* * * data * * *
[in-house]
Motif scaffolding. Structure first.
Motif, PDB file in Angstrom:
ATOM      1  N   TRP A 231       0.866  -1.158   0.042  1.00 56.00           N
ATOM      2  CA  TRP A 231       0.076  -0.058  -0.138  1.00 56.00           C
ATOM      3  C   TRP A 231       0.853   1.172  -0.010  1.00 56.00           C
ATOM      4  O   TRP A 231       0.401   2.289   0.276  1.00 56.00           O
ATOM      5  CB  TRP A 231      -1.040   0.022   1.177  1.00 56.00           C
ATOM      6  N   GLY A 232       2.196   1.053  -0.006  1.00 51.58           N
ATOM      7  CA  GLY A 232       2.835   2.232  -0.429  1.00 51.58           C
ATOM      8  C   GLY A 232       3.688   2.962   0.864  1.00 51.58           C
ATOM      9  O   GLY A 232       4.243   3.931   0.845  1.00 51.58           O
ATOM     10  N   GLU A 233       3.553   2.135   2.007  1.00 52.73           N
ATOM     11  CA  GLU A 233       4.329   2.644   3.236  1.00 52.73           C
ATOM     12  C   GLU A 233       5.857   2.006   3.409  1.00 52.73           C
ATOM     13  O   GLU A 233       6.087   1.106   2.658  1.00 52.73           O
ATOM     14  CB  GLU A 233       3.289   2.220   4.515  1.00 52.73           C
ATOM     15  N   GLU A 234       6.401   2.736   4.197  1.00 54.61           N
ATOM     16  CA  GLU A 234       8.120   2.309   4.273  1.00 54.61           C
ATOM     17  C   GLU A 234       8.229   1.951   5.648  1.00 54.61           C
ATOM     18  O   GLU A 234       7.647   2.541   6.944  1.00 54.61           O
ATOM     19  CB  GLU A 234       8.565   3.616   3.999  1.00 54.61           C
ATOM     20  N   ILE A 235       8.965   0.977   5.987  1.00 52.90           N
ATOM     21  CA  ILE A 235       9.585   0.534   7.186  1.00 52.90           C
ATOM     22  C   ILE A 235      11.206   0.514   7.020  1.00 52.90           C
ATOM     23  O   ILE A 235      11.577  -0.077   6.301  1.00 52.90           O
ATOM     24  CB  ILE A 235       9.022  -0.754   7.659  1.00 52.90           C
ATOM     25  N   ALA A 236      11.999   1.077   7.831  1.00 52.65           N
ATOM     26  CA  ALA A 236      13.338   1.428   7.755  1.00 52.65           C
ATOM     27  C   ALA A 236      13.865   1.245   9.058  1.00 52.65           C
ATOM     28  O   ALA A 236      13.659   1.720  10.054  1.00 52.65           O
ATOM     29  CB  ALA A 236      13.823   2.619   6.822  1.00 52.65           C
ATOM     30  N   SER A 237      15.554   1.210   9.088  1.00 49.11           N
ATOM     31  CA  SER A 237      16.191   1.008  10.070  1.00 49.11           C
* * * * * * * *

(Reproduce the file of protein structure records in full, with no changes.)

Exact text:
[in-house]
Motif scaffolding. Structure first.
Motif, PDB file in Angstrom:
ATOM      1  N   TRP A 231       0.866  -1.158   0.042  1.00 56.00           N
ATOM      2  CA  TRP A 231       0.076  -0.058  -0.138  1.00 56.00           C
ATOM      3  C   TRP A 231       0.853   1.172  -0.010  1.00 56.00           C
ATOM      4  O   TRP A 231       0.401   2.289   0.276  1.00 56.00           O
ATOM      5  CB  TRP A 231      -1.040   0.022   1.177  1.00 56.00           C
ATOM      6  N   GLY A 232       2.196   1.053  -0.006  1.00 51.58           N
ATOM      7  CA  GLY A 232       2.835   2.232  -0.429  1.00 51.58           C
ATOM      8  C   GLY A 232       3.688   2.962   0.864  1.00 51.58           C
ATOM      9  O   GLY A 232       4.243   3.931   0.845  1.00 51.58           O
ATOM     10  N   GLU A 233       3.553   2.135   2.007  1.00 52.73           N
ATOM     11  CA  GLU A 233       4.329   2.644   3.236  1.00 52.73           C
ATOM     12  C   GLU A 233       5.857   2.006   3.409  1.00 52.73           C
ATOM     13  O   GLU A 233       6.087   1.106   2.658  1.00 52.73           O
ATOM     14  CB  GLU A 233       3.289   2.220   4.515  1.00 52.73           C
ATOM     15  N   GLU A 234       6.401   2.736   4.197  1.00 54.61           N
ATOM     16  CA  GLU A 234       8.120   2.309   4.273  1.00 54.61           C
ATOM     17  C   GLU A 234       8.229   1.951   5.648  1.00 54.61           C
ATOM     18  O   GLU A 234       7.647   2.541   6.944  1.00 54.61           O
ATOM     19  CB  GLU A 234       8.565   3.616   3.999  1.00 54.61           C
ATOM     20  N   ILE A 235       8.965   0.977   5.987  1.00 52.90           N
ATOM     21  CA  ILE A 235       9.585   0.534   7.186  1.00 52.90           C
ATOM     22  C   ILE A 235      11.206   0.514   7.020  1.00 52.90           C
ATOM     23  O   ILE A 235      11.577  -0.077   6.301  1.00 52.90           O
ATOM     24  CB  ILE A 235       9.022  -0.754   7.659  1.00 52.90           C
ATOM     25  N   ALA A 236      11.999   1.077   7.831  1.00 52.65           N
ATOM     26  CA  ALA A 236      13.338   1.428   7.755  1.00 52.65           C
ATOM     27  C   ALA A 236      13.865   1.245   9.058  1.00 52.65           C
ATOM     28  O   ALA A 236      13.659   1.720  10.054  1.00 52.65           O
ATOM     29  CB  ALA A 236      13.823   2.619   6.822  1.00 52.65           C
ATOM     30  N   SER A 237      15.554   1.210   9.088  1.00 49.11           N
ATOM     31  CA  SER A 237      16.191   1.008  10.070  1.00 49.11           C